Quallion, maker of lithium-ion batteries for heavy and stationary trucks, is looking for a piece of the growing advanced battery pie. For now, it’s applying for $9 million in grants from the California Energy Commission to get its technology off the ground, with an eye on the $2 billion in stimulus funds the Department of Energy has allocated for battery development.

Based in Sylmar, Calif., the company will only be eligible for state funds if it qualifies for DOE support as well. It should know by July if it has made the cut, and would receive the money in September. Government support will be vital for the company to achieve its expressed goals, namely a $20 million battery factory planned for southern California. The facility would produce 20,000 5-kilowatt-hour batteries every year by 2012. For the project to be feasible, the DOE will need to pick up at least 50 percent of the price tag, Quallion says, claiming the plant would create 500 construction jobs and 2,350 long-term manufacturing jobs.

Like many other states — notably Michigan, Oregon, New York and Indiana — California is doing what it can to attract battery makers and the jobs and stimulus funds that follow. While the state government set aside $175 million for renewable fuel and vehicle technology programs, only a fraction is going to battery companies. Other states have taken much more drastic measures to lure major players in the battery space. Michigan passed more than $400 million in tax credits for battery companies like A123 Systems to set up shop there, and Oregon is looking to establish its own tax credit system.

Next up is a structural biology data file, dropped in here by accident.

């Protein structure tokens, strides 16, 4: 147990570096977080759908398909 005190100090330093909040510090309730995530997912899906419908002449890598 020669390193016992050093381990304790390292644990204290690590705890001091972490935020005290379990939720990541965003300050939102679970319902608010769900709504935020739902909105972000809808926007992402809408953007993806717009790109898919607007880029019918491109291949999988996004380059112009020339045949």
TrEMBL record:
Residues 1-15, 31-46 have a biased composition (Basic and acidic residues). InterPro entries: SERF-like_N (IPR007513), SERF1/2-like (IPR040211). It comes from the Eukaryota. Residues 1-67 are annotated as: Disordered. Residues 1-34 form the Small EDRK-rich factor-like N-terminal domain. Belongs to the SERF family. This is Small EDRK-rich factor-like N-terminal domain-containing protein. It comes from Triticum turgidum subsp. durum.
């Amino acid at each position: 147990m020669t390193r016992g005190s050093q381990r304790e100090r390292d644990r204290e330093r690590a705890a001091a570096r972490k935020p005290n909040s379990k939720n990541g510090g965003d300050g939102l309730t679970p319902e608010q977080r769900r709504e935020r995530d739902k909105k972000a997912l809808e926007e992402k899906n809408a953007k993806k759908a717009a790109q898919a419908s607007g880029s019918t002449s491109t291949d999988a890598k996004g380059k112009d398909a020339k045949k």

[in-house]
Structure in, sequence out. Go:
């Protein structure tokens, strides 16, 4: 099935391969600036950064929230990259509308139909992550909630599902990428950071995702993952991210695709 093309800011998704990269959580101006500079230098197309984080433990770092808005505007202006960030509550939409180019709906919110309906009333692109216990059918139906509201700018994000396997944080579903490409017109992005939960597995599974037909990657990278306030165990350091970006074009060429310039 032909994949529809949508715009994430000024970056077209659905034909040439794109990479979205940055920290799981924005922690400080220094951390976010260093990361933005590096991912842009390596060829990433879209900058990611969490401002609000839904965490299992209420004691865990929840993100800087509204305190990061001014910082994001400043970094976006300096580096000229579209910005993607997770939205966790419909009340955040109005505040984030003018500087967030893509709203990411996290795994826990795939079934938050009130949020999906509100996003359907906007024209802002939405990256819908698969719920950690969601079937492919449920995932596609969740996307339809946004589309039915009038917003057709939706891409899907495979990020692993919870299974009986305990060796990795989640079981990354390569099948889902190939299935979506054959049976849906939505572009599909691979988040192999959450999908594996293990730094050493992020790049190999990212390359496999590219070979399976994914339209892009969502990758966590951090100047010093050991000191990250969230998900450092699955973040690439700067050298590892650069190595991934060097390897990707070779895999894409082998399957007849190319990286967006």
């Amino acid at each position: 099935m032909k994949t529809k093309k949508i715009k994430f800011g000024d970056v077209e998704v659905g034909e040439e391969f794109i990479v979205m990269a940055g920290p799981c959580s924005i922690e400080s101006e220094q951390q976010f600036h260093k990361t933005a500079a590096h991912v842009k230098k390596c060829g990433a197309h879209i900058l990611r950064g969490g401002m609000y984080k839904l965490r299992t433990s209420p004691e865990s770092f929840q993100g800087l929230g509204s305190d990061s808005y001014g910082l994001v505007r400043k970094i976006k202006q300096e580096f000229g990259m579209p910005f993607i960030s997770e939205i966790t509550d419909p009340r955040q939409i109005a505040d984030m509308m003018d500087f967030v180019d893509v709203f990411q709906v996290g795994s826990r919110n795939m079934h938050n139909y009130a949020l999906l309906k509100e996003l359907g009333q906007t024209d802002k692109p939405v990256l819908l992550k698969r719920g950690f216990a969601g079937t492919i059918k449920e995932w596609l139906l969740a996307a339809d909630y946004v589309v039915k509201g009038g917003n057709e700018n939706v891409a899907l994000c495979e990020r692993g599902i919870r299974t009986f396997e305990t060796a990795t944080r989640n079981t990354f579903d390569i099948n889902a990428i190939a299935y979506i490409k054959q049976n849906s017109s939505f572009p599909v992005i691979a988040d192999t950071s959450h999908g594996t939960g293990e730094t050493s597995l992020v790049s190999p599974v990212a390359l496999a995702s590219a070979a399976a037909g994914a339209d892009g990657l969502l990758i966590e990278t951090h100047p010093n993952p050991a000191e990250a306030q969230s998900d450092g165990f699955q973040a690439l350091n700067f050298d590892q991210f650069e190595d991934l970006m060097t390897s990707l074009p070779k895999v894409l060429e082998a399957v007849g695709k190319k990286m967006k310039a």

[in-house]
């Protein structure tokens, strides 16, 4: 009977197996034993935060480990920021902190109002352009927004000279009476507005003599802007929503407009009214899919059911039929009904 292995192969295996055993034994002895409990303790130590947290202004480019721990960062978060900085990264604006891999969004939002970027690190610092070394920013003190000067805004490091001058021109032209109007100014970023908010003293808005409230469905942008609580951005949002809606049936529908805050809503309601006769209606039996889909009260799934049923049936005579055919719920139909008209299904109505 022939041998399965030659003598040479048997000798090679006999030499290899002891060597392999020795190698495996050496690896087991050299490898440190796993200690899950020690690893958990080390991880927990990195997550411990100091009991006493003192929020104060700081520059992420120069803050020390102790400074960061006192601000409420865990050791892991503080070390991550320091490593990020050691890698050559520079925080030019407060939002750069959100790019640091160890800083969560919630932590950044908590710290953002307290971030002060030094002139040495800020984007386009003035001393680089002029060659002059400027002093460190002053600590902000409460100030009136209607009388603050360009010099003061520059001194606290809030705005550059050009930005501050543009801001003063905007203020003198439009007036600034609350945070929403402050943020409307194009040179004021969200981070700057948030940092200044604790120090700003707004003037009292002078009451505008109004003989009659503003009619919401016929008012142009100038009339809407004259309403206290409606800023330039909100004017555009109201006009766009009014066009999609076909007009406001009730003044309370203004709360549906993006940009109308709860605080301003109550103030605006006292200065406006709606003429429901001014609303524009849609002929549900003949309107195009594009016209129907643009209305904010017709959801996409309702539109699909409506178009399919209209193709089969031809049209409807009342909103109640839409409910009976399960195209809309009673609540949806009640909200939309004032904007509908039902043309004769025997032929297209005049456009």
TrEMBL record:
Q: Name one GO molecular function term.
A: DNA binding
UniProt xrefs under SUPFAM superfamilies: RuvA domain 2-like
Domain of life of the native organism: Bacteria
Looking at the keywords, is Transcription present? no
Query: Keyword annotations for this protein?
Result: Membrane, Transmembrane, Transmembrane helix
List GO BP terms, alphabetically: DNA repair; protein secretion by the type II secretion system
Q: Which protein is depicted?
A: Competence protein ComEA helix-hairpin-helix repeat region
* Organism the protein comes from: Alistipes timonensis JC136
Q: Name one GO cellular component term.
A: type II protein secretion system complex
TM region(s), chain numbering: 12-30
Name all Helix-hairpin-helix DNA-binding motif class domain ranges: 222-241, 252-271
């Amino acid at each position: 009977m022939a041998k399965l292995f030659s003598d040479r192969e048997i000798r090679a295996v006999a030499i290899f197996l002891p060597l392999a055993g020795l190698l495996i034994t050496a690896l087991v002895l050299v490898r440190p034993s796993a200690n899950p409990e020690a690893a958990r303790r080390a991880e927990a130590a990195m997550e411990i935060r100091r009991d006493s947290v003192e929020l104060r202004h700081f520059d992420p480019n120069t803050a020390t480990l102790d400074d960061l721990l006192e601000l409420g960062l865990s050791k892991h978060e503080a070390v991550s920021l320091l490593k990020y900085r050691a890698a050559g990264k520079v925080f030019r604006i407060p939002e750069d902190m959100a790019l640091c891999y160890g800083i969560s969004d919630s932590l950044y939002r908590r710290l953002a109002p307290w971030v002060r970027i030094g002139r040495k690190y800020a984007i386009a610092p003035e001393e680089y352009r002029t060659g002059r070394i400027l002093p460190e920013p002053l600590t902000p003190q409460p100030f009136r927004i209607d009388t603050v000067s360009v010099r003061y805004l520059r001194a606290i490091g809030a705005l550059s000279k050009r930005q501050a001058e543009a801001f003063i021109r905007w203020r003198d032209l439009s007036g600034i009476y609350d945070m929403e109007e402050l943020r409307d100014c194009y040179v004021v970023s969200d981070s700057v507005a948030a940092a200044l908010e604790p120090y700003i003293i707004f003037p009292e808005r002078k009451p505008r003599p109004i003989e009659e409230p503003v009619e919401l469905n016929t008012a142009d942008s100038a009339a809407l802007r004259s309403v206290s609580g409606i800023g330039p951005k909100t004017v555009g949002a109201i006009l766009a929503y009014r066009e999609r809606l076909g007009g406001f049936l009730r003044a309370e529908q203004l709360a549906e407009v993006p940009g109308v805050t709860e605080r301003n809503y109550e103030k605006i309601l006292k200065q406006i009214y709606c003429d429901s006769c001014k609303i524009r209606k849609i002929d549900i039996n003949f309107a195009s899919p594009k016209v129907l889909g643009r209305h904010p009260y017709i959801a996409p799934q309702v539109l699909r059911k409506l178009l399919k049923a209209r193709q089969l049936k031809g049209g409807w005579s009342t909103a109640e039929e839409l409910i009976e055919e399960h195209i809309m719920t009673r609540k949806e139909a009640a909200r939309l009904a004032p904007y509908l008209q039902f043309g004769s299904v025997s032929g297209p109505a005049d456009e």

Quallion, in particular, is focused on batteries for military and medical vehicles, with some applications in aerospace technology. The company says its offerings should impact Californian vehicle operators in particular due to the state’s tough anti-idling laws, which prohibit trucks from being left idle to power electronics, air conditioning and heat systems. Offenders are dinged anywhere between $300 and $10,000 for violations. If more stationary vehicles use lithium-ion batteries, emissions won’t be an issue.

If the plant is successfully built, and its products well-received, Quallion says it will adopt its technology for use in a wider variety of vehicles, including heavy-duty trucks and passenger cars.